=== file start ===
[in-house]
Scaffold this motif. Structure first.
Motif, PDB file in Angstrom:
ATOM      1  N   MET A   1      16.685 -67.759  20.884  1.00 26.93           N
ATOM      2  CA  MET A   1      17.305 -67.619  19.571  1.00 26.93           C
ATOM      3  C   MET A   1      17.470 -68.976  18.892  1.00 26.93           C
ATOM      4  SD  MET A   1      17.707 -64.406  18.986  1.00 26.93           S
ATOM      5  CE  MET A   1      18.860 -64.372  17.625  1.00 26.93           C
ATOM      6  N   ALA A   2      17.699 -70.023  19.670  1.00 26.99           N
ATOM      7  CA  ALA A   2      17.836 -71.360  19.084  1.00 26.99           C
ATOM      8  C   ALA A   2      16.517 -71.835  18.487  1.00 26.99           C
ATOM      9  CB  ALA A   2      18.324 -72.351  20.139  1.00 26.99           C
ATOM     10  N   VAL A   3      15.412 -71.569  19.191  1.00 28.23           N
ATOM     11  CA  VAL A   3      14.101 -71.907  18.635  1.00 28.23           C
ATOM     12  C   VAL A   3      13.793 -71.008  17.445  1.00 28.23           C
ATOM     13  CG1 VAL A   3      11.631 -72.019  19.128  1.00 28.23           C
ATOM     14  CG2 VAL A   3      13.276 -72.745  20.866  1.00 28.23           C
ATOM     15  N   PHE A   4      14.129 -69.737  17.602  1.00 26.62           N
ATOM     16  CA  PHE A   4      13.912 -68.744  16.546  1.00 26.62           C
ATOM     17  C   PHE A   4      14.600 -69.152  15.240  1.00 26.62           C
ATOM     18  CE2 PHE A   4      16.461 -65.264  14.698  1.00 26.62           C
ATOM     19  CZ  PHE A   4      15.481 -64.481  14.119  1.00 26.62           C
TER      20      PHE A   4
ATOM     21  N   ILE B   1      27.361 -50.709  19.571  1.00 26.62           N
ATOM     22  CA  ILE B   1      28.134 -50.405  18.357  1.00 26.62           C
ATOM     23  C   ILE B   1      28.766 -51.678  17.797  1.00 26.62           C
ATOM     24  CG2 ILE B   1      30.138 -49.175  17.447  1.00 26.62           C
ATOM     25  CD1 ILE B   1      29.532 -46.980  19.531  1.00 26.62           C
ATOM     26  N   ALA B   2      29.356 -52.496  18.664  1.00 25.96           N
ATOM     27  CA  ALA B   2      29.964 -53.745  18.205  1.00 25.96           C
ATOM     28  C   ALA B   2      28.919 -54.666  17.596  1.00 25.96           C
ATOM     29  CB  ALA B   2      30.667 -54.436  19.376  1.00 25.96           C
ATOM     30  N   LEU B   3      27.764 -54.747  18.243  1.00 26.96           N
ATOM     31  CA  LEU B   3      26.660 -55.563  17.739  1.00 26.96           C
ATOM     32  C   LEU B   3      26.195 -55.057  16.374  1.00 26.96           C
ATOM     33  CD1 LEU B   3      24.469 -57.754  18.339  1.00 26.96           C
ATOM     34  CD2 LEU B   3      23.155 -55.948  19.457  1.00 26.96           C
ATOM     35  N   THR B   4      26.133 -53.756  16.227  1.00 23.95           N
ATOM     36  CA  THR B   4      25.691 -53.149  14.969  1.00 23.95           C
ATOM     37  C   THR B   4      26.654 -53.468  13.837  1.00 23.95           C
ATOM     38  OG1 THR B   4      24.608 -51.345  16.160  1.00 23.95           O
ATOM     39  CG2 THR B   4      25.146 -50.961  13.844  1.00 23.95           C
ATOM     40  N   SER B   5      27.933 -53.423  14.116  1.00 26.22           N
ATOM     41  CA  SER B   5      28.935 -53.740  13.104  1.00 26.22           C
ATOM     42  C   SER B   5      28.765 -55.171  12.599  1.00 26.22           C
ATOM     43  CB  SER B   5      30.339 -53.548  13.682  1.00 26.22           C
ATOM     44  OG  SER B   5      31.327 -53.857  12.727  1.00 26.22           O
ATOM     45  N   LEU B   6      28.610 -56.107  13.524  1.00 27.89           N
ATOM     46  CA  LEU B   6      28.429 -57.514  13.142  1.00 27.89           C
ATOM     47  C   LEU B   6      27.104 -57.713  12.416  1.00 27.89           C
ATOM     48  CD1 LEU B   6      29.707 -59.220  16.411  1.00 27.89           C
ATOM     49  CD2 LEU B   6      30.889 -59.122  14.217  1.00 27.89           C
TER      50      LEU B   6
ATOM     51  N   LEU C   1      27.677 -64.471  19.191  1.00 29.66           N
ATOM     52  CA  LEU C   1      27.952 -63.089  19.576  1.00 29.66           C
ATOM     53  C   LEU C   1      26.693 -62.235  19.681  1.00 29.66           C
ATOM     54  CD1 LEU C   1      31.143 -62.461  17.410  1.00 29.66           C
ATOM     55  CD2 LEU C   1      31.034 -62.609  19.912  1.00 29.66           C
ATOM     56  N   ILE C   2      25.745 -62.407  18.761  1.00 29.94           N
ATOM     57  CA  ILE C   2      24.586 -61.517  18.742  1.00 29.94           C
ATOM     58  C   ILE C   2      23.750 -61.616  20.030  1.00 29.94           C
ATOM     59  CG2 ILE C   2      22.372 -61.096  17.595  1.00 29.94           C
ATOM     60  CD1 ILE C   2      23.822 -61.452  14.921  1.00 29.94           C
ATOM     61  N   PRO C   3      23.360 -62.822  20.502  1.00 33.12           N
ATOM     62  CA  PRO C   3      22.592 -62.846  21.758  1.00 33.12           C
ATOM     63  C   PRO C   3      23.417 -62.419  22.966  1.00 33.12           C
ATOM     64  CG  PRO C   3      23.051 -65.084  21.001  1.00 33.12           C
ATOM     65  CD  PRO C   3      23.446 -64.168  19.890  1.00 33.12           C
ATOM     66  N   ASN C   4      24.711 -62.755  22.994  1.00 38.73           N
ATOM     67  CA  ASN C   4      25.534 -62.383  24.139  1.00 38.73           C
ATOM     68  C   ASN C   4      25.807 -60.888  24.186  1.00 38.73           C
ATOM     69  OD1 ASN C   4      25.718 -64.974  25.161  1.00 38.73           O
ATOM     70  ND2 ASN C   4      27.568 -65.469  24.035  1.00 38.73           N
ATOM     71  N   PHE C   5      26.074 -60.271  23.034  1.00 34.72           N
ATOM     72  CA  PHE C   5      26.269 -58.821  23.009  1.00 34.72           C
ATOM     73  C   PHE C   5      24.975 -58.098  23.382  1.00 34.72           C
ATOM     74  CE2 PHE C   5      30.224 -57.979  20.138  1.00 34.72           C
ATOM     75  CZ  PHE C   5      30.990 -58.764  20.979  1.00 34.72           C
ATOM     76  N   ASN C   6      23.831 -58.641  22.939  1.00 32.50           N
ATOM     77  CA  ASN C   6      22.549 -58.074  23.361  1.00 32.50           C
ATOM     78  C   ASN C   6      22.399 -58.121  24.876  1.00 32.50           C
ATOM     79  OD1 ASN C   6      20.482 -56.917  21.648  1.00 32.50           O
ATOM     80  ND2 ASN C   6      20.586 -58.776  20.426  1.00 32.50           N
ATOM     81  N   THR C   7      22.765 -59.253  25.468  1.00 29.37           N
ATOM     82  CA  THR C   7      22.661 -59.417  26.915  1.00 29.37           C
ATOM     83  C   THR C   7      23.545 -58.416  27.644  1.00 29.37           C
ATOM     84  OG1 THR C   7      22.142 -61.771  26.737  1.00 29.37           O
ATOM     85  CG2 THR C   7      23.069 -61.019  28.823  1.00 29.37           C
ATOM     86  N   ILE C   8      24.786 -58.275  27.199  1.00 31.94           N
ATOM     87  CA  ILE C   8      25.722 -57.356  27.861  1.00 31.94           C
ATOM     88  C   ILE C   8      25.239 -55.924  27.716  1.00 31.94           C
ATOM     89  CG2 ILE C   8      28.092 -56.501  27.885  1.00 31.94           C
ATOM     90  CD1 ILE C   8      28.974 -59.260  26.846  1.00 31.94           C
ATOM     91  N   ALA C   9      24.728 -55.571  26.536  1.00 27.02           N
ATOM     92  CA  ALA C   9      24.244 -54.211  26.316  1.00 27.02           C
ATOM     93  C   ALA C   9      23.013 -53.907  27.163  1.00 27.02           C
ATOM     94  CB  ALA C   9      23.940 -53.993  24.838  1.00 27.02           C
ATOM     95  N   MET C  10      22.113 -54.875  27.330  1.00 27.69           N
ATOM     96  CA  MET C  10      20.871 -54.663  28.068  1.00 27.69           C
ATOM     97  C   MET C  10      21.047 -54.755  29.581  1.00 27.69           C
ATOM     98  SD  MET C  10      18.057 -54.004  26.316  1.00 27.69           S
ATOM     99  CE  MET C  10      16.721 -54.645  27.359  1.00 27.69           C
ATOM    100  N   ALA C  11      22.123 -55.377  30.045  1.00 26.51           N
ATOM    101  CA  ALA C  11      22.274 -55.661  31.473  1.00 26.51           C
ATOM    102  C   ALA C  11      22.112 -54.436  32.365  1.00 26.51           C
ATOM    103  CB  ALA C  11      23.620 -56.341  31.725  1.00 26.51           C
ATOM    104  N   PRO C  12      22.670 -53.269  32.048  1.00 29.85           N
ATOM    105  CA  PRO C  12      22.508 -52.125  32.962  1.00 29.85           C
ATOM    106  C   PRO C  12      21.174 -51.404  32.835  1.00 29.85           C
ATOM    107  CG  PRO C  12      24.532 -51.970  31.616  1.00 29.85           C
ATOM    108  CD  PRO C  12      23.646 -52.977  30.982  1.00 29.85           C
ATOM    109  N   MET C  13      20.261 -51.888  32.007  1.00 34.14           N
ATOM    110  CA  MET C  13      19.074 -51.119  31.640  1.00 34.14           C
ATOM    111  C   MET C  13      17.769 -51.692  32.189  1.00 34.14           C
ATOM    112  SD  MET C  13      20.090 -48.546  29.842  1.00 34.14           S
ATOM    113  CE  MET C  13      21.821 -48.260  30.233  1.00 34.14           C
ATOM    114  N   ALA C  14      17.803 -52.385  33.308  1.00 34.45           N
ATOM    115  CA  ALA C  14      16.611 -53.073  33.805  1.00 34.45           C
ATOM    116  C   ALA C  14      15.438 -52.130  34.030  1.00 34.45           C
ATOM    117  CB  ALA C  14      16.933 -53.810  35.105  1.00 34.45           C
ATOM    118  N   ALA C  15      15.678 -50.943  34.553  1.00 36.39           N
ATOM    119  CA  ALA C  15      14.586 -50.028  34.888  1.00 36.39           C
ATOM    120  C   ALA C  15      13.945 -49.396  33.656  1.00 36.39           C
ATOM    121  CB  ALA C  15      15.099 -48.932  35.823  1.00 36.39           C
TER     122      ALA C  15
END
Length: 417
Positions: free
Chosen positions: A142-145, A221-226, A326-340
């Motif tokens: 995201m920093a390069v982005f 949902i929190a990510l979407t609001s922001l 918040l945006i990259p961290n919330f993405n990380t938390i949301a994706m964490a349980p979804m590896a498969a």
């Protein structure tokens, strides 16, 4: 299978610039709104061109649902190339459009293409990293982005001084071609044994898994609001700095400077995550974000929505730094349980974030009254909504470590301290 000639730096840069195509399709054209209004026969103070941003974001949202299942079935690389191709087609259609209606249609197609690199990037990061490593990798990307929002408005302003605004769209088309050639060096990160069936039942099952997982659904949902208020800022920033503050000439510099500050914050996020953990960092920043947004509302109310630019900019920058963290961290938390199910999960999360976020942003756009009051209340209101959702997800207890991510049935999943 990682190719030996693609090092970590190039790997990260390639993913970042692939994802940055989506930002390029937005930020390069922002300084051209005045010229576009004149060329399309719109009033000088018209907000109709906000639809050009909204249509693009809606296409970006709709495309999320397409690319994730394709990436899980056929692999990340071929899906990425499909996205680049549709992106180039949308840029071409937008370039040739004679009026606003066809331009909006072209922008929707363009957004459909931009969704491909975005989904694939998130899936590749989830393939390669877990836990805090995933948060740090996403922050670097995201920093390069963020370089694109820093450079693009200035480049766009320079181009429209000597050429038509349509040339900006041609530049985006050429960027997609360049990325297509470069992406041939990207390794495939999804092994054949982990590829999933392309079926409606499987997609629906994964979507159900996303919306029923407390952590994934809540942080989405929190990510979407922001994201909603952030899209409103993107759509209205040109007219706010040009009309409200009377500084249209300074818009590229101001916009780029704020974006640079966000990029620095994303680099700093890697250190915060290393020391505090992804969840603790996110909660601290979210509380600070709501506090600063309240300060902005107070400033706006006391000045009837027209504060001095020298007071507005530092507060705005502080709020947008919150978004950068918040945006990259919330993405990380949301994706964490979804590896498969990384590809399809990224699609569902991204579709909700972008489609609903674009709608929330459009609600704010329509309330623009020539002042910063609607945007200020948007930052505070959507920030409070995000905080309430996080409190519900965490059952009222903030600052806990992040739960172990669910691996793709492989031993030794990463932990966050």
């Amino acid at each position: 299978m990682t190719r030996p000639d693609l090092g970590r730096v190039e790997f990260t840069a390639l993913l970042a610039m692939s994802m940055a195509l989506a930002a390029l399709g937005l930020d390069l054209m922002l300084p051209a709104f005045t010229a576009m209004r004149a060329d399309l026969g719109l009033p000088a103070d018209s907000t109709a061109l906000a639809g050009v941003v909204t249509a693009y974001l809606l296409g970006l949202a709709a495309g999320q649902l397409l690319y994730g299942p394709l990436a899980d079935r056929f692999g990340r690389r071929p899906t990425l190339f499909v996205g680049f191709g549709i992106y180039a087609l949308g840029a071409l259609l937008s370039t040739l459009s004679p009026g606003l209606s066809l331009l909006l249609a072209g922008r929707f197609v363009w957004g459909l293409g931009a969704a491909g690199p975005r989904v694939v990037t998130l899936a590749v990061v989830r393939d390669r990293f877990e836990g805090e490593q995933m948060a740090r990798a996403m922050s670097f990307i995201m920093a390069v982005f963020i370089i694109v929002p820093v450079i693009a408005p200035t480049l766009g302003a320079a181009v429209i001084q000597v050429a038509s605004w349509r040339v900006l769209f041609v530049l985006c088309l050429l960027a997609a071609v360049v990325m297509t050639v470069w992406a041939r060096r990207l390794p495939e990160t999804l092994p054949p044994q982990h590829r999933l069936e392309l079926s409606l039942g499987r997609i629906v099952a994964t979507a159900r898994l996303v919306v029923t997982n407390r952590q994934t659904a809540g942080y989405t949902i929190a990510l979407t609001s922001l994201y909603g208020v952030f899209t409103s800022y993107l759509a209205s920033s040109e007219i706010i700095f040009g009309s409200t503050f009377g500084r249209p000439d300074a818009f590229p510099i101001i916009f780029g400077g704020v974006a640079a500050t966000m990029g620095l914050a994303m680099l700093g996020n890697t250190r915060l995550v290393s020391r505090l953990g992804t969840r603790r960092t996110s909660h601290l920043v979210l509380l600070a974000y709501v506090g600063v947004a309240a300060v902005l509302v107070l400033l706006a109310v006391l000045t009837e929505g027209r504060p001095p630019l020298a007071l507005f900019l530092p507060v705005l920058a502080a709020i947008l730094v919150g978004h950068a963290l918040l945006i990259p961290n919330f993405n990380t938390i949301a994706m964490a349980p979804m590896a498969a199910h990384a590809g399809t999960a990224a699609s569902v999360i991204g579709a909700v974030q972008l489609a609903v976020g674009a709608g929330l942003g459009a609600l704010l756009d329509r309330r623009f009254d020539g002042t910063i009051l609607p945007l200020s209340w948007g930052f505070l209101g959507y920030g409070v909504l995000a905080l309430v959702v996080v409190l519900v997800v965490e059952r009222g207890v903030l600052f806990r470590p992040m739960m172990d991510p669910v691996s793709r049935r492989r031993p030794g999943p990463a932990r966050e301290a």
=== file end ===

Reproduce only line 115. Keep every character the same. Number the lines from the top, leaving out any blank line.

ATOM    112  SD  MET C  13      20.090 -48.546  29.842  1.00 34.14           S